This image was the last shot with my wide angle zoom.  It was in a lens case hanging off one of my shoulder straps and I had forgotten to pull off and dry the lens case the previous night.  It got wetter during this day and dampness had got through the case and lining and the lens stopped working.  The lens is currently being repaired.

This was another day in which I took very few photographs because of the conditions.

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Australia, Landscape, Nature, Overland Track, Pelion Plains, Photography, Pine Forest Moor, Tasmania, Travel, Waterfall, Wilderness

Pelion Creek.

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Australia, Landscape, Nature, Overland Track, Pelion Plains, Photography, Pine Forest Moor, Tasmania, Travel, Waterfall, Wilderness

Misty trees through a break in the forest.

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Australia, Landscape, Nature, Overland Track, Pelion Plains, Photography, Pine Forest Moor, Tasmania, Travel, Waterfall, Wilderness

I don’t know the name of this waterfall, I think beside the track.

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Australia, Landscape, Nature, Overland Track, Pelion Plains, Photography, Pine Forest Moor, Tasmania, Travel, Waterfall, Wilderness

Frog Flats with Perrin’s Bluff in the background.

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Australia, Landscape, Nature, Overland Track, Pelion Plains, Photography, Pine Forest Moor, Tasmania, Travel, Waterfall, Wilderness

Rainforest with a touch of snow.

Wet shoes were the order of the day on this trip.  The path was often under water.  There were many roots but they were not safe to walk on and bypassing the path was not responsible so the only option was to walk right on through the water.  This meant the water would come up above the top of the shoes which became very wet.  Not as much of an issue in practice as one might think.

I was expecting I’d be looking to get up before dawn to take photographs and to be out taking photographs late in the afternoon and the evening.  It wasn’t really possible, though.  Especially on rainy and snowy days like this, once I got my wet clothes and shoes off, had a shower and changed, I didn’t feel inclined to put the wet stuff back on and go out again.  And the exertions of the day meant I took all the sleep I could.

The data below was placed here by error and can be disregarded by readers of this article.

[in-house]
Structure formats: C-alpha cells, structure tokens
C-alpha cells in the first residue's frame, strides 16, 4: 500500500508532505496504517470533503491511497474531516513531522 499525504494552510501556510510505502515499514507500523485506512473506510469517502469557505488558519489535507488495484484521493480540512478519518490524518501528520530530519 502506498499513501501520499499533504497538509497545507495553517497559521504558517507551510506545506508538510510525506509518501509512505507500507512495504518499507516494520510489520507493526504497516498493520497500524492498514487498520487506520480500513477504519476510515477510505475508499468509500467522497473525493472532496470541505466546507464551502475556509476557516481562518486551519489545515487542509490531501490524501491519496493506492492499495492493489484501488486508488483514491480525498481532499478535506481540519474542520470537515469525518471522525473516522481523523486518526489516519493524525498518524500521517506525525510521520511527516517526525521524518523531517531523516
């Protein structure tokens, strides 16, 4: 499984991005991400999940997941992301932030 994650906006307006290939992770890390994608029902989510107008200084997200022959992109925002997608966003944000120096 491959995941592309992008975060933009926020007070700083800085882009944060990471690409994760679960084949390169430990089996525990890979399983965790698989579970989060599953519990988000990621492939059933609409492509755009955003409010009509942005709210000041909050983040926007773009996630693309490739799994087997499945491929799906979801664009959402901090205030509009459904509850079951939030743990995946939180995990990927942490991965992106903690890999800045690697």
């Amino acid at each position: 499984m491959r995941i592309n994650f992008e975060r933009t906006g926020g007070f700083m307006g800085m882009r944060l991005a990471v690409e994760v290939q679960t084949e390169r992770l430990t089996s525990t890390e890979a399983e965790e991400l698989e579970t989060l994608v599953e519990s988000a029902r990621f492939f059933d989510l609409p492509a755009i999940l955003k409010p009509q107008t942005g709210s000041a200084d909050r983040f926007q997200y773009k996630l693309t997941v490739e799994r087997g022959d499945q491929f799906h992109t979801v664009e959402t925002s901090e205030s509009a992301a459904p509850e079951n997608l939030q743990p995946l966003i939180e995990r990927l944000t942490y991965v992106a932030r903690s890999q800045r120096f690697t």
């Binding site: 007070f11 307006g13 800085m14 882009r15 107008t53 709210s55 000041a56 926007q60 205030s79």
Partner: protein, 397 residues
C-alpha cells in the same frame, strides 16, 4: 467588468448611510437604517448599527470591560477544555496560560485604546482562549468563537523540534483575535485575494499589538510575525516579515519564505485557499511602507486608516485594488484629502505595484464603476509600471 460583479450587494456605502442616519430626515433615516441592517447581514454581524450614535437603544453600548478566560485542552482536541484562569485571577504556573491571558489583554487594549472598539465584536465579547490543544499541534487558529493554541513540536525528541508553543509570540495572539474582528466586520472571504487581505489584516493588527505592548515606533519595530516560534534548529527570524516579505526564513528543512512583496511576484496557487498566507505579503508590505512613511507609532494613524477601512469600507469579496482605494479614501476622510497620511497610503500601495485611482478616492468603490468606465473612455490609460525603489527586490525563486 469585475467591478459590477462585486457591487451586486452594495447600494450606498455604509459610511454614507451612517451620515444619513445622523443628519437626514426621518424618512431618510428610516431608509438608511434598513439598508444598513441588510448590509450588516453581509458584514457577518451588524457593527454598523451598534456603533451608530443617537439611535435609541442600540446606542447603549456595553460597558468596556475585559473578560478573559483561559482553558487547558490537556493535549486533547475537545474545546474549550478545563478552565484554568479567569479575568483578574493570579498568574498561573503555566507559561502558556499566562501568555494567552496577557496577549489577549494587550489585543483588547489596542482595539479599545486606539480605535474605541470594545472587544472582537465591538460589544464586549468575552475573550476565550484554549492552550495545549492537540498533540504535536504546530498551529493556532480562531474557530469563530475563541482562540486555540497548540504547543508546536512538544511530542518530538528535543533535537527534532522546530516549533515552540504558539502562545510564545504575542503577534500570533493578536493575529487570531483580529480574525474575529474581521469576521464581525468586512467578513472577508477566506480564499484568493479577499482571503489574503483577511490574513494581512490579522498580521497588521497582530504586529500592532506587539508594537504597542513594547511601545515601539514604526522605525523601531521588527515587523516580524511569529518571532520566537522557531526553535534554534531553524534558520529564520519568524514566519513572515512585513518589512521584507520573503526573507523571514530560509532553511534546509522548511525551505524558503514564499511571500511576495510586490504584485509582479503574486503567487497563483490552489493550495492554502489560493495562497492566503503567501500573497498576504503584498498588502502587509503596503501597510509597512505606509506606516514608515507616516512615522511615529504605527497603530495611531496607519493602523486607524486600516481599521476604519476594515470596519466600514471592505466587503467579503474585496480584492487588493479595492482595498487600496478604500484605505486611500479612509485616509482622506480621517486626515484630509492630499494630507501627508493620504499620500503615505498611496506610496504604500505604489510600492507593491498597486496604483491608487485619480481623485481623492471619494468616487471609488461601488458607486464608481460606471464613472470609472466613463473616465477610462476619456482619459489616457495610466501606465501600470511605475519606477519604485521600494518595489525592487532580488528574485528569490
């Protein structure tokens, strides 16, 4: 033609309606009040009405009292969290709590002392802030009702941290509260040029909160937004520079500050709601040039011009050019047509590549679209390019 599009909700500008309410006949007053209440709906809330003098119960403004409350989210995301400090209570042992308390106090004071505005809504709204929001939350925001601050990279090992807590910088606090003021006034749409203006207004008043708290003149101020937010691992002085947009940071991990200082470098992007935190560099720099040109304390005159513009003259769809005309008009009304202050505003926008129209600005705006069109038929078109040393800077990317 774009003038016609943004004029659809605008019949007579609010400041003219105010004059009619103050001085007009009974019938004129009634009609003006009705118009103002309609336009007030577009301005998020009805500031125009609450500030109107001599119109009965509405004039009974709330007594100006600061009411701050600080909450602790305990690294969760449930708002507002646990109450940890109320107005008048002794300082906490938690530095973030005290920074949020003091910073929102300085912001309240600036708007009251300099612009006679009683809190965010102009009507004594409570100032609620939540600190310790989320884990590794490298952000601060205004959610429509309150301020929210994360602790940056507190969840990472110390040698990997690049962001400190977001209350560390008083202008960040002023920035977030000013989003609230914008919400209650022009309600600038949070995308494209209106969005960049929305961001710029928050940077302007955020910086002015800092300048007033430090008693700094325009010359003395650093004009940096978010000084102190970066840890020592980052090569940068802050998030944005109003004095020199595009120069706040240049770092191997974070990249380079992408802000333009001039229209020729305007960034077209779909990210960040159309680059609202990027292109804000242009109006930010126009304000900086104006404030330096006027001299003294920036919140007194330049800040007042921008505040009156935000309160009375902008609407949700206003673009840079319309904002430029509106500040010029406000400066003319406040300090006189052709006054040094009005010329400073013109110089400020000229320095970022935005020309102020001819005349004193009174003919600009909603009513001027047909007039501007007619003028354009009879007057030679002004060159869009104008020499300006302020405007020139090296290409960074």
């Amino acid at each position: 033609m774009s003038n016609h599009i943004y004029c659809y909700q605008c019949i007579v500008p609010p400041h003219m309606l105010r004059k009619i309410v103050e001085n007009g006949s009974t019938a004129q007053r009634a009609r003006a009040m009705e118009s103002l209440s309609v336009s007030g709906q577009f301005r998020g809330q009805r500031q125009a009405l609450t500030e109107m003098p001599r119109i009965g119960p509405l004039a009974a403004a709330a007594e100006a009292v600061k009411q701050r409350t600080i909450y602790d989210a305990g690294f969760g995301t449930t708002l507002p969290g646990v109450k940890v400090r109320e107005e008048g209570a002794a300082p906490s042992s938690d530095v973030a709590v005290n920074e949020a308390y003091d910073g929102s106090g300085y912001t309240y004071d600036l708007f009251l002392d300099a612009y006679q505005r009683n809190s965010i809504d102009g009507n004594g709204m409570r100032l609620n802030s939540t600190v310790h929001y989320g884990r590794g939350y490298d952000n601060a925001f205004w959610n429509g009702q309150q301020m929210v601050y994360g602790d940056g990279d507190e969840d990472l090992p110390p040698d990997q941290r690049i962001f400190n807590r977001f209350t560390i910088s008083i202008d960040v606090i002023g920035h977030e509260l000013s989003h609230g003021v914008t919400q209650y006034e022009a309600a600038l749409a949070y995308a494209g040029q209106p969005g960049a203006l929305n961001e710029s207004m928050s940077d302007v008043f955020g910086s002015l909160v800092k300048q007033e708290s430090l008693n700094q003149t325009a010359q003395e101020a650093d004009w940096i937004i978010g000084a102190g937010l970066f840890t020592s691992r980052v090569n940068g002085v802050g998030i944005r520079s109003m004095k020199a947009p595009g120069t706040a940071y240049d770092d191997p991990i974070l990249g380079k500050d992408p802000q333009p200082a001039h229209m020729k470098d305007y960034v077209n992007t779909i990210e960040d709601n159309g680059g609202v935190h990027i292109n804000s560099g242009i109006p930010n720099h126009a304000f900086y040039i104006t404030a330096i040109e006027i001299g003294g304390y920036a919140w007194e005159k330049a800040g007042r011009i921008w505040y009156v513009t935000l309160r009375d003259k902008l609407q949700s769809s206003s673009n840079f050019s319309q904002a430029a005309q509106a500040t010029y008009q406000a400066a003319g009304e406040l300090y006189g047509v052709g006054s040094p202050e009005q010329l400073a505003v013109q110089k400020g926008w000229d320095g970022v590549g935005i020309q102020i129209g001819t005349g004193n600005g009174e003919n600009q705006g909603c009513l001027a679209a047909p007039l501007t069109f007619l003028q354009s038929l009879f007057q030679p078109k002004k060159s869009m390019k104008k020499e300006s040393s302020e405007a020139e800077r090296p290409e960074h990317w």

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Australia, Landscape, Nature, Overland Track, Pelion Plains, Photography, Pine Forest Moor, Tasmania, Travel, Waterfall, Wilderness

I tried photographing the night sky from the hut.  It looks OK at this size on the page but it isn’t really in focus.  Manual focus wasn’t possible with the lens I was using and autofocus didn’t really work in the low light.

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Overland Track Day 2: Barn Bluff to Pine Forest Moor

21 August 2017, Overland Track, Tasmania

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Australia, Barn Bluff, Landscape, Nature, Overland Track, Photography, Pine Forest Moor, Tasmania, Travel, Wilderness

This was another long day, not as brutal as the previous one, but the weather had closed in.

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Australia, Barn Bluff, Landscape, Nature, Overland Track, Photography, Pine Forest Moor, Tasmania, Travel, Wilderness .

It’s not long ago but my memory is hazy (much like the weather).  I remember that this was a day of continuous rain and the next day was snowing all day but from the images it looks as though it were the other way around.

Consequently I took very few photographs on either day because keeping my equipment dry was an issue – just ten on this day and nine on the next.

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Australia, Barn Bluff, Landscape, Nature, Overland Track, Photography, Pine Forest Moor, Tasmania, Travel, Wilderness

Here we are walking through open eucalypt heathland…

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Australia, Barn Bluff, Landscape, Nature, Overland Track, Photography, Pine Forest Moor, Tasmania, Travel, Wilderness

… and this is myrtal beech rainforest with I think a myrtal beech on the right.

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Australia, Barn Bluff, Landscape, Nature, Overland Track, Photography, Pine Forest Moor, Tasmania, Travel, Wilderness

It looks like rain here and I furtively poked the camera out to try to capture a feel of the context.

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Australia, Barn Bluff, Landscape, Nature, Overland Track, Photography, Pine Forest Moor, Tasmania, Travel, Wilderness

Lots of snow in many places but the terrain was more gentle and no falling off the boardwalks any more.

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Australia, Barn Bluff, Landscape, Nature, Overland Track, Photography, Pine Forest Moor, Tasmania, Travel, Wilderness

Plants grow wherever they can in the rainforest…

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Australia, Barn Bluff, Landscape, Nature, Overland Track, Photography, Pine Forest Moor, Tasmania, Travel, Wilderness

… and even a clump of lichen may have snow on top of it.

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Australia, Barn Bluff, Landscape, Nature, Overland Track, Photography, Pine Forest Moor, Tasmania, Travel, Wilderness

Laying down to spend a night at a random place along the trail would not have been the best of ideas, but we had the great luxury of wonderful meals cooked for us, hot showers and a drying room every night.